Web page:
Obama Directive Called "Sea Change" for Scientific Integrity

Jeff tries to explain how government works to readers of Science.

President Barack Obama's directive today to his science adviser to "restore scientific integrity to government decision-making" is a culmination of a long campaign by science advocacy groups against the policies of the Bush Administration. None of them was more active than the Union of Concerned Scientists, which produced its first report on "the politicization of science" in 2004 and which helped make scientific integrity an issue during the 2008 presidential campaign.

The issue was never partisan, insists Kurt Gottfried, chair of UCS and a physicist at Cornell University. "We took for granted that there was a code of behavior under which science operates, but what we've seen for the past 8 years is a breaking of that unwritten code," he told ScienceInsider. "Even his father [George H. W. Bush] ran a very clean shop. There have always been problems, but it was never systematic until the [George W.] Bush Administration."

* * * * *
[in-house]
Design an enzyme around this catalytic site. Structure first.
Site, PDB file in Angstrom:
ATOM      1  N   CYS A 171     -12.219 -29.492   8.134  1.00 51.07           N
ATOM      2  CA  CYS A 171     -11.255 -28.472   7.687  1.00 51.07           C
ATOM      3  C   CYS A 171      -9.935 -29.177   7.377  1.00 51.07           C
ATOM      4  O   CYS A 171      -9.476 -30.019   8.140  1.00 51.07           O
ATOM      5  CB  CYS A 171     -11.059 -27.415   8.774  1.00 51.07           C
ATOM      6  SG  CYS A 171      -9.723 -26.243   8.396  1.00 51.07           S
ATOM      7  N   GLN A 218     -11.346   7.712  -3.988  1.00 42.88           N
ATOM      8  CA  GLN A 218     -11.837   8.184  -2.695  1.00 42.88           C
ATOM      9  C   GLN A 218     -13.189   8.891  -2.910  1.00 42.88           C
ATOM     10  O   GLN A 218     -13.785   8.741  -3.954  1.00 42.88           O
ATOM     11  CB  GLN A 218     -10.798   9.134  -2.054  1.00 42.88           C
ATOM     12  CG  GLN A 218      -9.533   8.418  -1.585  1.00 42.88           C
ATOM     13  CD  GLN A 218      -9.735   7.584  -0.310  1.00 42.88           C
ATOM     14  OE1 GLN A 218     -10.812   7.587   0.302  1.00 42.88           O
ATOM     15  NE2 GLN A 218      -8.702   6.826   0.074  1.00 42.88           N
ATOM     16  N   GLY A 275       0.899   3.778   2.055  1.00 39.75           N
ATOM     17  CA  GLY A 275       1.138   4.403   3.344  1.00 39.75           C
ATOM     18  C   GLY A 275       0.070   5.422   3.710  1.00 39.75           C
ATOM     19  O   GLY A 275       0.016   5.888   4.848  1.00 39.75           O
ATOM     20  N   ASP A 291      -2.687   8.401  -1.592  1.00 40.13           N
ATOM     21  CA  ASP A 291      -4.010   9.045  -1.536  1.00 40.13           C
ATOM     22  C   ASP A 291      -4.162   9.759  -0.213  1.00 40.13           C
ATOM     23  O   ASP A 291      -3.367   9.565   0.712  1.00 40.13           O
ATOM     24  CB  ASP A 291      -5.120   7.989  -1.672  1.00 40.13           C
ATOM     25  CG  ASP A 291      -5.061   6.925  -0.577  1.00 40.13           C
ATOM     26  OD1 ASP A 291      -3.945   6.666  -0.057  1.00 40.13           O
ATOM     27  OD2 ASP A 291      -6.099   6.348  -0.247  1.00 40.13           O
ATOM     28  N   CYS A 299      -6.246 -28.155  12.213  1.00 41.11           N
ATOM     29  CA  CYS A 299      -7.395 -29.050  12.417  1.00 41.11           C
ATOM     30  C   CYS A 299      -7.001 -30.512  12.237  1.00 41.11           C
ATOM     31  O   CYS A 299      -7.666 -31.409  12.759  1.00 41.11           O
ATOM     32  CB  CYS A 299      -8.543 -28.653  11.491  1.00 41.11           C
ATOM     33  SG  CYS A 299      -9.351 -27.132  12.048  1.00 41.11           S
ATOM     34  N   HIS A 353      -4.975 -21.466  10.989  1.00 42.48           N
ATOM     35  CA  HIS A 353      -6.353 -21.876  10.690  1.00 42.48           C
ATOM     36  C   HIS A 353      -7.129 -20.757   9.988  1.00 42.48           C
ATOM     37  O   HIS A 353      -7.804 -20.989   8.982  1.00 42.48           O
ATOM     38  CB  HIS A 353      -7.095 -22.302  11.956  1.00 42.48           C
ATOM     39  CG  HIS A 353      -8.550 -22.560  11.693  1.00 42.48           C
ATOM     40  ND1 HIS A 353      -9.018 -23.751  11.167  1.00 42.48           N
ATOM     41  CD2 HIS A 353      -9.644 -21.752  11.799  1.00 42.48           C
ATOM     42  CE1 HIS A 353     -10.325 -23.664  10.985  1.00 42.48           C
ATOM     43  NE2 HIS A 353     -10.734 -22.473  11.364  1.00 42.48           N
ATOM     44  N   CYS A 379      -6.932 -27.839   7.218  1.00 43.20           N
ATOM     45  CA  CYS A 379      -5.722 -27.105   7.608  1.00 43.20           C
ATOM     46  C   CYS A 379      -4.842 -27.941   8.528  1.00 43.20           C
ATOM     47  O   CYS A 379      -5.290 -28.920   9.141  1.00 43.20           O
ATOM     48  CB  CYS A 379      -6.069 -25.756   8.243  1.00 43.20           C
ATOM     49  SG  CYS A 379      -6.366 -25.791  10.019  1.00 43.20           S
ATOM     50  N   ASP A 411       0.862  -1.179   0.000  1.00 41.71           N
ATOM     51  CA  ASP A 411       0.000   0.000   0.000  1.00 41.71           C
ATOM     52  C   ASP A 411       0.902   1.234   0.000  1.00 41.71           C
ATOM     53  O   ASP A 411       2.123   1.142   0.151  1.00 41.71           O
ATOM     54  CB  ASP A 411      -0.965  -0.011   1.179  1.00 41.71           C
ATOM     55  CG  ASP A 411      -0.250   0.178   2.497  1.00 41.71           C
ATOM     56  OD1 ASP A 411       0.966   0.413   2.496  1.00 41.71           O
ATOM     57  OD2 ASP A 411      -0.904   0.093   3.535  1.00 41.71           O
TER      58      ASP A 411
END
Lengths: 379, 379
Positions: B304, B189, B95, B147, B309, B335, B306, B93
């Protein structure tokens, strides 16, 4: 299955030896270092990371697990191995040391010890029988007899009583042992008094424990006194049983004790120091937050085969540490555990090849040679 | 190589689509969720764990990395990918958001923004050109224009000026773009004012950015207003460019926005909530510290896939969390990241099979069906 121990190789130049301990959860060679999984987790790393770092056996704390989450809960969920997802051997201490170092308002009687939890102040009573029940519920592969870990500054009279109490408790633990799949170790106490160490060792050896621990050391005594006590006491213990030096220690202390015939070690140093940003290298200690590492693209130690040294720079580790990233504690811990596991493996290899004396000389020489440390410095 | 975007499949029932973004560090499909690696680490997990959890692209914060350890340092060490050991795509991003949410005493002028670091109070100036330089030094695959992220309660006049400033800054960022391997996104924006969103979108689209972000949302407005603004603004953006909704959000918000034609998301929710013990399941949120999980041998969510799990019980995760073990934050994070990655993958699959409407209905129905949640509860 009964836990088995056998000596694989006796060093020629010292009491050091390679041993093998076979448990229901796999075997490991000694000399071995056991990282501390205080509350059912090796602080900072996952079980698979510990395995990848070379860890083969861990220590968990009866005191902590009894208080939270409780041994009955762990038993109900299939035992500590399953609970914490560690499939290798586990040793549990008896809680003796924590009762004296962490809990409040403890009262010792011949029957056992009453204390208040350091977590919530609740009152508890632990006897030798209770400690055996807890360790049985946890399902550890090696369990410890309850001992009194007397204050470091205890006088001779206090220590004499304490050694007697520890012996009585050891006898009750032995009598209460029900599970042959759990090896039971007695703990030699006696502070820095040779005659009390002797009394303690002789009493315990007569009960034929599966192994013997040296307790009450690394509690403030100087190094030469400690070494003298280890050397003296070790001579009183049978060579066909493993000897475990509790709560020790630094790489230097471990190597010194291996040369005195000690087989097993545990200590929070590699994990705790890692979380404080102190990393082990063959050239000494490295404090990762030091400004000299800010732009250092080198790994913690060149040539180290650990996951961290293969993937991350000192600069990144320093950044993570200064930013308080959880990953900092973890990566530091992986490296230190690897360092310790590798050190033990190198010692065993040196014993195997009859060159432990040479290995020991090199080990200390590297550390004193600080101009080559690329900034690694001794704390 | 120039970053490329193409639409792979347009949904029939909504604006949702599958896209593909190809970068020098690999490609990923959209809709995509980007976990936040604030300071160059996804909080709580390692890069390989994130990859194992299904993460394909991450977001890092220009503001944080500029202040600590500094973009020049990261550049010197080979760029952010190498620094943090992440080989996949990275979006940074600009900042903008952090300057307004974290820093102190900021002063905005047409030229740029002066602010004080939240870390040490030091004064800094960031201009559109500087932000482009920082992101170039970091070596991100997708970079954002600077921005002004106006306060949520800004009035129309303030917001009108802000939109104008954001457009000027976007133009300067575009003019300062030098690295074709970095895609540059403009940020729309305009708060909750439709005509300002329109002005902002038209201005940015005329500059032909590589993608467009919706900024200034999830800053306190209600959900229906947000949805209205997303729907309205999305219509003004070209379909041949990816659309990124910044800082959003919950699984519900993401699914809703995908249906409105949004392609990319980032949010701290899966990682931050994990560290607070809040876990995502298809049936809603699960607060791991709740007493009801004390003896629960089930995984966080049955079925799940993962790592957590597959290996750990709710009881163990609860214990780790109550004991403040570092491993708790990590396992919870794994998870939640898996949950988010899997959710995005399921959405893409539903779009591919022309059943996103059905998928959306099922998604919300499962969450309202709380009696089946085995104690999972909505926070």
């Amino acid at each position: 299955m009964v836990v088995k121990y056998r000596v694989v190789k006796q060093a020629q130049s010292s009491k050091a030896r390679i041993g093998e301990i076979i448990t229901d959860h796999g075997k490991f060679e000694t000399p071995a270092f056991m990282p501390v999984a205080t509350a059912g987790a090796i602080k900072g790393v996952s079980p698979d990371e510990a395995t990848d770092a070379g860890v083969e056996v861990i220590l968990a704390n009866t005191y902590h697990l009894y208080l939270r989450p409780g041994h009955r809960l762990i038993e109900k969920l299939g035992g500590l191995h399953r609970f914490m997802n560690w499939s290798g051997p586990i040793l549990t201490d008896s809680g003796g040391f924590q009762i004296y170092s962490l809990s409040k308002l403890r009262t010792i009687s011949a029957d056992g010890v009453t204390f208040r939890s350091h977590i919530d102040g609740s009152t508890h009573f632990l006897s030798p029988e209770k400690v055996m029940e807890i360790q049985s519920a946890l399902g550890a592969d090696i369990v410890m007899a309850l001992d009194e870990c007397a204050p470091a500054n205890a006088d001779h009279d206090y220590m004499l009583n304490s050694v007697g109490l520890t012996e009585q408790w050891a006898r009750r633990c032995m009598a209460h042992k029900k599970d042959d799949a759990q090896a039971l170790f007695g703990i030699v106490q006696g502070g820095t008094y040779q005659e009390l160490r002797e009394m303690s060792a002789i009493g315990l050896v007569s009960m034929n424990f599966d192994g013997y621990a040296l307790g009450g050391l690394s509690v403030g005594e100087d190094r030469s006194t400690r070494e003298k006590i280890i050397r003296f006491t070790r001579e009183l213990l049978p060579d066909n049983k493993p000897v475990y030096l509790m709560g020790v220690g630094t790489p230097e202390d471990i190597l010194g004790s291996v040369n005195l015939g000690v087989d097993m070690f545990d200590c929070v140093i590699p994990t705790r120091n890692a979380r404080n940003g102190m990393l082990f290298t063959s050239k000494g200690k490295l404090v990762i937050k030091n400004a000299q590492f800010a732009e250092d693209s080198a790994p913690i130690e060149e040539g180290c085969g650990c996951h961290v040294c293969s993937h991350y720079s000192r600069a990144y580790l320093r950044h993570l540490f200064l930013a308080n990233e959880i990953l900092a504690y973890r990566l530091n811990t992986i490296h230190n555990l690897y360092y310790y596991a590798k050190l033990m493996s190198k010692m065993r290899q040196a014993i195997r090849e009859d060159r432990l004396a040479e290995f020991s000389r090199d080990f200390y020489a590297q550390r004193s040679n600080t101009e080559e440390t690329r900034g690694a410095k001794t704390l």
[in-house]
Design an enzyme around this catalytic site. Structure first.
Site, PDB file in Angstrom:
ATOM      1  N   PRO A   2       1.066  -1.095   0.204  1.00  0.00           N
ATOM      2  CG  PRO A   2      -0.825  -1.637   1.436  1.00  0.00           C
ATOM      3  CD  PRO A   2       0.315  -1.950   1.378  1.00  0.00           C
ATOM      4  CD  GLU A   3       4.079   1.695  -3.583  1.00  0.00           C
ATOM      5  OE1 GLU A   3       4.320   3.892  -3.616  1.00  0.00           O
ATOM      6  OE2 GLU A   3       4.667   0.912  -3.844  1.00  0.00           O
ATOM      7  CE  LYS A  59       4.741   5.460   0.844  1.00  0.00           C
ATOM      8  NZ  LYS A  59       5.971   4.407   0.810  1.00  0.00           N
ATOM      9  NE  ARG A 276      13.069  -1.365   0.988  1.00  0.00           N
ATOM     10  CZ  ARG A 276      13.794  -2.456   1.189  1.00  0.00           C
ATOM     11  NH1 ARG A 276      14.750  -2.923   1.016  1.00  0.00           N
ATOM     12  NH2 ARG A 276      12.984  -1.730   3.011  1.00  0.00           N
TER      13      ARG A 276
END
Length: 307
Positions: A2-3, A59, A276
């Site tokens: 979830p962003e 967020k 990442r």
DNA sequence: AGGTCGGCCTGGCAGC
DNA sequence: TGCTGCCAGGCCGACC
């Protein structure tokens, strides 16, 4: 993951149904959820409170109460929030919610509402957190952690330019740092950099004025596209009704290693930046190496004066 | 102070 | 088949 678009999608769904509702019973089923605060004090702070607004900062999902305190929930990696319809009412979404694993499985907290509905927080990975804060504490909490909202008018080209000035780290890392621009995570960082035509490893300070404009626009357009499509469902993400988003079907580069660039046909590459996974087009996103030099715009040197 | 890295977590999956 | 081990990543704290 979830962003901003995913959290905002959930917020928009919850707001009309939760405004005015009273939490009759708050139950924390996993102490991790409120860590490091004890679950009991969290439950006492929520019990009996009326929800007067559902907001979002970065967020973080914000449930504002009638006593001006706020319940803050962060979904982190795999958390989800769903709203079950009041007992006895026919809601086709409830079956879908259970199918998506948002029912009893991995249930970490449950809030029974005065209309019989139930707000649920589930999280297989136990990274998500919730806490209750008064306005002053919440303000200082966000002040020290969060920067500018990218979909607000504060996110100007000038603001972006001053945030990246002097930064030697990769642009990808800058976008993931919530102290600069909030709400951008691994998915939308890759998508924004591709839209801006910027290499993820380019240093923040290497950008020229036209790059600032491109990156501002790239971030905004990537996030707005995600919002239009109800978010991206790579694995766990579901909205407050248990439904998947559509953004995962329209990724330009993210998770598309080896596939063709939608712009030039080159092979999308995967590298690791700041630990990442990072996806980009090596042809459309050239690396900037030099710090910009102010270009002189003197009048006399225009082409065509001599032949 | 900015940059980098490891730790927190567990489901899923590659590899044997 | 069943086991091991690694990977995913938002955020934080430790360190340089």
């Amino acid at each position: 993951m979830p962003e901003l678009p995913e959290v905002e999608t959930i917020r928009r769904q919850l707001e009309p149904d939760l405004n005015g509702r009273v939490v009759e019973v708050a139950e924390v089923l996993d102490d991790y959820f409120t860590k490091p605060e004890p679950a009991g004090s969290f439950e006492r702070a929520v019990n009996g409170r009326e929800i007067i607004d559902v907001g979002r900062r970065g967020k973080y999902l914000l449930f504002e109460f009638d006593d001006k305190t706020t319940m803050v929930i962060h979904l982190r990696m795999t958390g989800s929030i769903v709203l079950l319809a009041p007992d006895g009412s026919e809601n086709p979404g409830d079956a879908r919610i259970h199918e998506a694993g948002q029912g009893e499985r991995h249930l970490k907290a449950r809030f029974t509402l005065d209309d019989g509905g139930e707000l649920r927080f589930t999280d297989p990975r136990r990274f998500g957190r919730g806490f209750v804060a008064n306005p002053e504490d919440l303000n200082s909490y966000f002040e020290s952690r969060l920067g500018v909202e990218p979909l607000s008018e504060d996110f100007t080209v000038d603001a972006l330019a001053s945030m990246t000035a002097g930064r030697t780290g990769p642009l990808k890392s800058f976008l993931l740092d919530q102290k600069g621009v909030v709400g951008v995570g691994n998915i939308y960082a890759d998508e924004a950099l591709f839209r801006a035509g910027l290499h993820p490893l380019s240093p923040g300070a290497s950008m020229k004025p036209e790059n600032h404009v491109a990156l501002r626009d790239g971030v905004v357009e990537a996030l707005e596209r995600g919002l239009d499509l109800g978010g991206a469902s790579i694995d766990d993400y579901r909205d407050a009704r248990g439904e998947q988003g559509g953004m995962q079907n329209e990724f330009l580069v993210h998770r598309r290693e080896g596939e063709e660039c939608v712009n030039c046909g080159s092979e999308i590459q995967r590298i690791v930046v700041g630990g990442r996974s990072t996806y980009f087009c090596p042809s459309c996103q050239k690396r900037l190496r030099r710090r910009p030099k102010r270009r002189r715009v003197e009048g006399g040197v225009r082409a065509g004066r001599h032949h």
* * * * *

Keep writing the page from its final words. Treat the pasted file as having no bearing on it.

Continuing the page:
Obama's directive that his Office of Science and Technology Policy draw up guidelines "to guarantee scientific integrity throughout the executive branch" is probably an overstatement, says Gottfried. "Nobody can guarantee such behavior," he says. "But it certainly sends a very clear message that the president expects scientific integrity to be upheld and that OSTP will be monitoring it closely. That's a sea change from the previous Administration."

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